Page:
The following analysis was completed by DPE based on an October 2016 attitudinal survey of 1,004 non-union professional and technical employees. Here, the responses of 209 professionals that were employed in the public sector are separately analyzed and, in part, compared to professionals are employed in other sectors.
A couple of noteworthy insights emerge when comparing public sector professionals to professionals in other sectors.
First, public sector professionals expressed a greater need for salary and annual raise improvements. More than any other sector, public professionals want a raise and are likely to be receptive to a union that could demonstrate how joining or forming a union could help to win salary and annual raise improvements.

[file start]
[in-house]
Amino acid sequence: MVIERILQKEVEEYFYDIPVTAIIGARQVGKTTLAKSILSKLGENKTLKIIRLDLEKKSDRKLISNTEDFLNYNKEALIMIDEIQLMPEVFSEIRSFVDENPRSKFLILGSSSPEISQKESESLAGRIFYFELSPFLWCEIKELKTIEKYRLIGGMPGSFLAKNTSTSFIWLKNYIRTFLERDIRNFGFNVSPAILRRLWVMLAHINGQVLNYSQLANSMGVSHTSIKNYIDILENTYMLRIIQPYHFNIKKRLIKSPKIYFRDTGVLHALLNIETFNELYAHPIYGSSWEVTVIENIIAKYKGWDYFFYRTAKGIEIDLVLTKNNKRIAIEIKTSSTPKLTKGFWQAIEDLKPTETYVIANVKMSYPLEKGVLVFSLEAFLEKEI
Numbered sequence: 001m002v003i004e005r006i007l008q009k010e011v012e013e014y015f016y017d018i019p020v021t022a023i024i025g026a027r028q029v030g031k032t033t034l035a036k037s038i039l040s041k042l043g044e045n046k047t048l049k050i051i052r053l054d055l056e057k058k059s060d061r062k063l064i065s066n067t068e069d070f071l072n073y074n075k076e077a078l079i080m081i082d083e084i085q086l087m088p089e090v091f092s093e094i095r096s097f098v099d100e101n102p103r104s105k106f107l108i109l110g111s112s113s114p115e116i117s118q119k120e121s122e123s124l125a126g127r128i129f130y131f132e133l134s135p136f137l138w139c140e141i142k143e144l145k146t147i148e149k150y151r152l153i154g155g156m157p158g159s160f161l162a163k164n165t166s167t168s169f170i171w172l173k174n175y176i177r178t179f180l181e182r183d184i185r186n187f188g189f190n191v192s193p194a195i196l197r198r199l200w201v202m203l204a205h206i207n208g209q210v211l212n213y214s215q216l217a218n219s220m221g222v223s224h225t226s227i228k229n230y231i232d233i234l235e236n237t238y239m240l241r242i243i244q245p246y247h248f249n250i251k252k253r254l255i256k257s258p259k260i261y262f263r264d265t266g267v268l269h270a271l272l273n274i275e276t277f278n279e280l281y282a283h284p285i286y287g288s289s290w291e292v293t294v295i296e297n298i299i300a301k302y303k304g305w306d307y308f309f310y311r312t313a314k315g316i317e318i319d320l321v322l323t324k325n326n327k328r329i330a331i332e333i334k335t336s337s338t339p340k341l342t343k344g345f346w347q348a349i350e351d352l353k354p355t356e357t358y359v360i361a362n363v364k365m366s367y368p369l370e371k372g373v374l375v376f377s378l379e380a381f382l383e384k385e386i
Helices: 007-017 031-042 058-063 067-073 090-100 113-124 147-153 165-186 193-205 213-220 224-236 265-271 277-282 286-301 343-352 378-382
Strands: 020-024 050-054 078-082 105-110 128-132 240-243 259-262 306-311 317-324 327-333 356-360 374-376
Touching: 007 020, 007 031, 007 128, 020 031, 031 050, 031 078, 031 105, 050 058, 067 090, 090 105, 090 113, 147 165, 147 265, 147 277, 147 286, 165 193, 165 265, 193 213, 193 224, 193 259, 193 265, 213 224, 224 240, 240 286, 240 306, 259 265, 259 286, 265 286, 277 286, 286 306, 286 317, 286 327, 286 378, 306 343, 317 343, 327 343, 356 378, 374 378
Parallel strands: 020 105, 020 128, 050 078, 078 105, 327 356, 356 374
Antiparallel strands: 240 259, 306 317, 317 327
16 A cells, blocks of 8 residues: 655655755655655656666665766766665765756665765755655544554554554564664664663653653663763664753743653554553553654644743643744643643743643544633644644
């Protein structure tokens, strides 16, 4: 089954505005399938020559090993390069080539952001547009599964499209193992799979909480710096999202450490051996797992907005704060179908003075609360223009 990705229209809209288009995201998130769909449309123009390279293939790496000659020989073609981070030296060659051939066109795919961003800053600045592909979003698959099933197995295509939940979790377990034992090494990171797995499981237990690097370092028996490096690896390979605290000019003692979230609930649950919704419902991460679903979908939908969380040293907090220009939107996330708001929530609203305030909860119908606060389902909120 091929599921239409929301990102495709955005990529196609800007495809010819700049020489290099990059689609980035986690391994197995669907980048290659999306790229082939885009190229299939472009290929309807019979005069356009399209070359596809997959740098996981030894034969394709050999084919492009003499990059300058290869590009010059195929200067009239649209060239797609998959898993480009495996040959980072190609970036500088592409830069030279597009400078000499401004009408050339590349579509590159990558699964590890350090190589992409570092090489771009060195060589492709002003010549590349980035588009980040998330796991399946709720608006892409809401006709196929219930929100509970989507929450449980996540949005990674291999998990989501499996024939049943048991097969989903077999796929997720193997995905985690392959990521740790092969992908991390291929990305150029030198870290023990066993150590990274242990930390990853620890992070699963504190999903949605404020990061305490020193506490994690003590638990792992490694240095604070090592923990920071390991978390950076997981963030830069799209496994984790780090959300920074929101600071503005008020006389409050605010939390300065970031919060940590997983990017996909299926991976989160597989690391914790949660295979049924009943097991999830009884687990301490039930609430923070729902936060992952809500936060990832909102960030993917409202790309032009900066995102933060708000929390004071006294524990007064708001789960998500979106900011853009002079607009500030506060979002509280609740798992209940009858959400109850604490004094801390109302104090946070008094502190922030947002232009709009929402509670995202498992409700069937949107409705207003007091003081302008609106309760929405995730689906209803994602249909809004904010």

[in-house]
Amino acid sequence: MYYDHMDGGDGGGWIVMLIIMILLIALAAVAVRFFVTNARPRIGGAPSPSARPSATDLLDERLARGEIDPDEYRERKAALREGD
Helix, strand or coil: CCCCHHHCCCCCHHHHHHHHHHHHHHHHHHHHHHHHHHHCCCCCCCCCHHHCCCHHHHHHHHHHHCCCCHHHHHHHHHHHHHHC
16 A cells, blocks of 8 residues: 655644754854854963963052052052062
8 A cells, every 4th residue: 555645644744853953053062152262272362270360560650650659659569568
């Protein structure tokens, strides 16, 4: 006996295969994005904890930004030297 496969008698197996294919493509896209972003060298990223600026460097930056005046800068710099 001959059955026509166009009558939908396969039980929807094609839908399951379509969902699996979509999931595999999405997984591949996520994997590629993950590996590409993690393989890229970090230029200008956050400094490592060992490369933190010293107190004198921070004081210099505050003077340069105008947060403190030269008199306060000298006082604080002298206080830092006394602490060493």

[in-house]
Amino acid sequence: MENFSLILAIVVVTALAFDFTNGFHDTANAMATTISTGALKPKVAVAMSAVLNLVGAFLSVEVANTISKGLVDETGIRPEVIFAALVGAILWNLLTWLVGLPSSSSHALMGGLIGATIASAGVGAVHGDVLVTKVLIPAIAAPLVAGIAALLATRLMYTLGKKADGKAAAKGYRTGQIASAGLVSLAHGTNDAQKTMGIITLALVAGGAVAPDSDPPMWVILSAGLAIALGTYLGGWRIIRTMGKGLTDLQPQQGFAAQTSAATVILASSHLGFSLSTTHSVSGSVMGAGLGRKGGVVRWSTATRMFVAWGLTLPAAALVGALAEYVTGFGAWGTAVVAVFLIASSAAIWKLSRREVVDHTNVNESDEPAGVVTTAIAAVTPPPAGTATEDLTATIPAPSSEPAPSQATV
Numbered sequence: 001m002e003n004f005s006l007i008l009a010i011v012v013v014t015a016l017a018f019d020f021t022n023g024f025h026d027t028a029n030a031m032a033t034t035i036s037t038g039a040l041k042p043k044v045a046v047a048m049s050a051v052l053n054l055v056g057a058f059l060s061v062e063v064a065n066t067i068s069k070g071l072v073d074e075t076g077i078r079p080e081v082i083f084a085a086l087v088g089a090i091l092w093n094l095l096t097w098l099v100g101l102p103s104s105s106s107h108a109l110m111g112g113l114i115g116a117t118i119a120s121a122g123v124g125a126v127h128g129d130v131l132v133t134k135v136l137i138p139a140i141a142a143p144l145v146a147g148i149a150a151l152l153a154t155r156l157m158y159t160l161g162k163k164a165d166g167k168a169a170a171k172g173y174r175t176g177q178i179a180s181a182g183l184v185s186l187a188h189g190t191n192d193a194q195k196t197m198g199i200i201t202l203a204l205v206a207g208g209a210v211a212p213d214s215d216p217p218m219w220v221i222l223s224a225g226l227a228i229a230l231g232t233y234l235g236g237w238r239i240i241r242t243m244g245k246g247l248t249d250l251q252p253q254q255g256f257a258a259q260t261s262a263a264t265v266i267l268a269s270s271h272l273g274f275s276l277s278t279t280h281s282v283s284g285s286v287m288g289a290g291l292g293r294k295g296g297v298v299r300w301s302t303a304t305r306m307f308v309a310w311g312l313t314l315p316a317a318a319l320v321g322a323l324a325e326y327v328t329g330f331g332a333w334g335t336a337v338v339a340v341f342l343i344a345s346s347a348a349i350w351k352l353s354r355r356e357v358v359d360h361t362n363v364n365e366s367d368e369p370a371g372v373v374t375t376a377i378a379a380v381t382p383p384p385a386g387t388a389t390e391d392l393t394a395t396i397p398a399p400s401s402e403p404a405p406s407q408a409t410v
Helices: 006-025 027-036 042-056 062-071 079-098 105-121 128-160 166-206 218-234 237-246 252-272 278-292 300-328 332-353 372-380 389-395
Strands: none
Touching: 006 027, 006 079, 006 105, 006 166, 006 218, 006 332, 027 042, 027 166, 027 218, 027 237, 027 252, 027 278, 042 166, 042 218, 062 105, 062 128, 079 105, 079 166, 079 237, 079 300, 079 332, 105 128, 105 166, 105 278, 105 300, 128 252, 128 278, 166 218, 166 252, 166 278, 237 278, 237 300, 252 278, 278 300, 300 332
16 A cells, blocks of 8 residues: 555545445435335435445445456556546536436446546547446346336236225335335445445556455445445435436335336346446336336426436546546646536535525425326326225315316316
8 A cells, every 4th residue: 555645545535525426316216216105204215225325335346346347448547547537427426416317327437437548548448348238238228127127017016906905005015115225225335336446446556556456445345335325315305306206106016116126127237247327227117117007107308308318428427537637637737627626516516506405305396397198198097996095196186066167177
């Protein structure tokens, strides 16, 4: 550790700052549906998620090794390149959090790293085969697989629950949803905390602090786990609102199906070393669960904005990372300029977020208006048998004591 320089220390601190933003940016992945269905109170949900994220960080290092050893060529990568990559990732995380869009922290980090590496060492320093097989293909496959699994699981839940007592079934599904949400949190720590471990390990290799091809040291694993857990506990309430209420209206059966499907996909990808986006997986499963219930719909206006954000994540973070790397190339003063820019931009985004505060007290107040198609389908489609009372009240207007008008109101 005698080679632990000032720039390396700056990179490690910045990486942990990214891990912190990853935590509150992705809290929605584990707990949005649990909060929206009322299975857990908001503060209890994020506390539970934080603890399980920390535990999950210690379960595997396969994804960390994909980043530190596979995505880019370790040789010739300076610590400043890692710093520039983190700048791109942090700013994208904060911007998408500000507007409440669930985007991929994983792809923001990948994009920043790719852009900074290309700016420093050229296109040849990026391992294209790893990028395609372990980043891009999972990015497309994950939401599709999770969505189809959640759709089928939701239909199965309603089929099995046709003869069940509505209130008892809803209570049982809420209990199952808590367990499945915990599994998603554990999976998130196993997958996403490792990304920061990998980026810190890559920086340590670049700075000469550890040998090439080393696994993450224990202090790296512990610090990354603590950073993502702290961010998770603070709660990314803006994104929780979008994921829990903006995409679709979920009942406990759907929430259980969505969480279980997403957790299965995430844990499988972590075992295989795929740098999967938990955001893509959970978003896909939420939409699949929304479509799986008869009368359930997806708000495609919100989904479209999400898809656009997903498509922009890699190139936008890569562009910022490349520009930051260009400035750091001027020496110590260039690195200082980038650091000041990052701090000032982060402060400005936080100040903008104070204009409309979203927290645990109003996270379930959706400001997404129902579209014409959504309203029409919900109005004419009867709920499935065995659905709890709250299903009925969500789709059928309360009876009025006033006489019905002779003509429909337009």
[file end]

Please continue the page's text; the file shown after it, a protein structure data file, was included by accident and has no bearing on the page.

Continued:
Second, the public sector was more supportive of having union representation at work than any other sector. At the conclusion of the survey support for a union at their current job moved even higher.
Third, public sector professionals were more likely to have problems in the workplace—being treated unfairly, feeling undervalued, and having problems with management. Thus, public sector professionals were more likely to see a non-monetary advantage in having a union, including preventing arbitrary and unfair treatment and helping them utilize a collective voice to seek workplace change.
Finally, they were more likely than professionals in other sectors to believe that unions protect poorly performing employees. Protection of poor performers ranked higher than involvement in politics, conflict with management, and paying union dues in terms of concerns with having a union at work.
Additional data and analysis is available for DPE affiliated unions and their staff.
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